Don’t Fall for these Sneaky Store Tactics to Get You to Spend More

by Miranda Marquit · 1 comment

Part of frugal living is trying to get the best deal whenever you can. It’s about getting the most value for your money. However, you might be fighting a difficult battle. Stores actively try to get you to spend more money. And it’s not just about manufacturers downsizing their package sizes and sneaky labeling; many stores have little psychological cues that encourage you to buy more than expected, or to pay a higher price for something.

As you engage in your regular shopping, don’t just focus on coupon clipping and looking for the best sales. Be aware of what the store is doing in the hopes that you’ll spend more on your purchases:

Eye Level Products

Those products at eye level are more likely to be the pricier items. Even manufacturers pay for placement at eye level, and 12 inches within eye level. Studies indicate that most shoppers automatically reach for what they can easily see. So, your better bargains are likely to be a little higher, or a little lower.

But don’t let a lower placement fool you, either. Depending on the aisle you’re in (read: cereal aisle), some items are placed with children in mind. Pricier items that appeal to children will be put at their eye level so that they can see them — and beg you to buy.

Bumpouts/Endcaps/Floor Displays

All of these are designed to get you to stop and look at what is available. Whether it’s a display set up in the middle of the aisle, an attractively arranged endcap, or a bumpout that actually sticks out even beyond the endcap, the idea is to get you to grab something.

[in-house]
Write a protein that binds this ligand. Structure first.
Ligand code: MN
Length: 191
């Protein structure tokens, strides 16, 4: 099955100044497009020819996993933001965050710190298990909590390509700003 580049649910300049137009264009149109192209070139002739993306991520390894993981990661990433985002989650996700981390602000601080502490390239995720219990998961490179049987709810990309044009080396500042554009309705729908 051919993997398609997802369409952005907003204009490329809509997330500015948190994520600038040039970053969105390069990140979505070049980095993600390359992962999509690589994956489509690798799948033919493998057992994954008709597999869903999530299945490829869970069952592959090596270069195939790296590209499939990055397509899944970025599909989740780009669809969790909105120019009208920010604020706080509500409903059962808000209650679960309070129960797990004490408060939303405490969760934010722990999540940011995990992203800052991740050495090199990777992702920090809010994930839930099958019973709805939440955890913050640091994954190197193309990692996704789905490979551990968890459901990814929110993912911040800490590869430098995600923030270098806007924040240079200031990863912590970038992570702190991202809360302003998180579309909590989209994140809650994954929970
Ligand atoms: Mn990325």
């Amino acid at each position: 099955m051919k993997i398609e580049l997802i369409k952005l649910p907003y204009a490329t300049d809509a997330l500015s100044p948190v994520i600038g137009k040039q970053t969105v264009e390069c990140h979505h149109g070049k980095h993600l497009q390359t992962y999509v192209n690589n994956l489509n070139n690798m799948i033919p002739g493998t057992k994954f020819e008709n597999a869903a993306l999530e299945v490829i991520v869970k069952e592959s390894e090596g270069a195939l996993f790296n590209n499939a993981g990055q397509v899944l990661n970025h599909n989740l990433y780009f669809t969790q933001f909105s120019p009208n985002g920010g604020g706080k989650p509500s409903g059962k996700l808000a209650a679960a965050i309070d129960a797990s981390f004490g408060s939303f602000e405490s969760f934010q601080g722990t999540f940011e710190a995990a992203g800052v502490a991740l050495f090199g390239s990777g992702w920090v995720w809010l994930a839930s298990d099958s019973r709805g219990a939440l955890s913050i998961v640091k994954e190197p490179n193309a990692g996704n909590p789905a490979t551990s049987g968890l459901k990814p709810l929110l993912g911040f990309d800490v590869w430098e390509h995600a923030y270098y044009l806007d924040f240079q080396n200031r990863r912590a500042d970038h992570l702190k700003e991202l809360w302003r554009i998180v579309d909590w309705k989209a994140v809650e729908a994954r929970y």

Often, we assume that the items in these types of displays are on sale. Unfortunately, they often aren’t. In many cases, these are items that are regularly priced — and might even be higher priced. It’s about getting you to grab the convenient item and put it in your cart without actually going down the aisle and finding a comparable (but cheaper) item.

Store Setup

The setup of the store itself is designed to increase the chance of impulse buys. Think about it: Bread is often on the other side of the store from milk and eggs. Other staples are somewhere in the middle. In order to get what you need for your shopping list, you have to traverse the entire length of the store.

Studies indicate that impulse buying accounts for a large percentage of purchases in a store. The longer you are in the store, and the more items you pass, the more likely you are to grab something not on your list. Stores are counting on that with their setups. Be aware of this, and stick to your list.

Being aware of these tricks can help you save money on your purchases at the store, especially when you are grocery shopping. You can improve your chances of saving money by planning ahead with a list, and sticking to it. While you are actually choosing items, look in the aisles, and don’t automatically grab the first thing you see. Look around a little bit. Avoid being rushed into grabbing things that will cost you more.

Bonus Tip:

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{ 1 comment… read it below or add one }

lynda September 5, 2012 at 10:14 pm

It is best to always take a list and make the shopping trip short and sweet. Browsing induces impulse buying.

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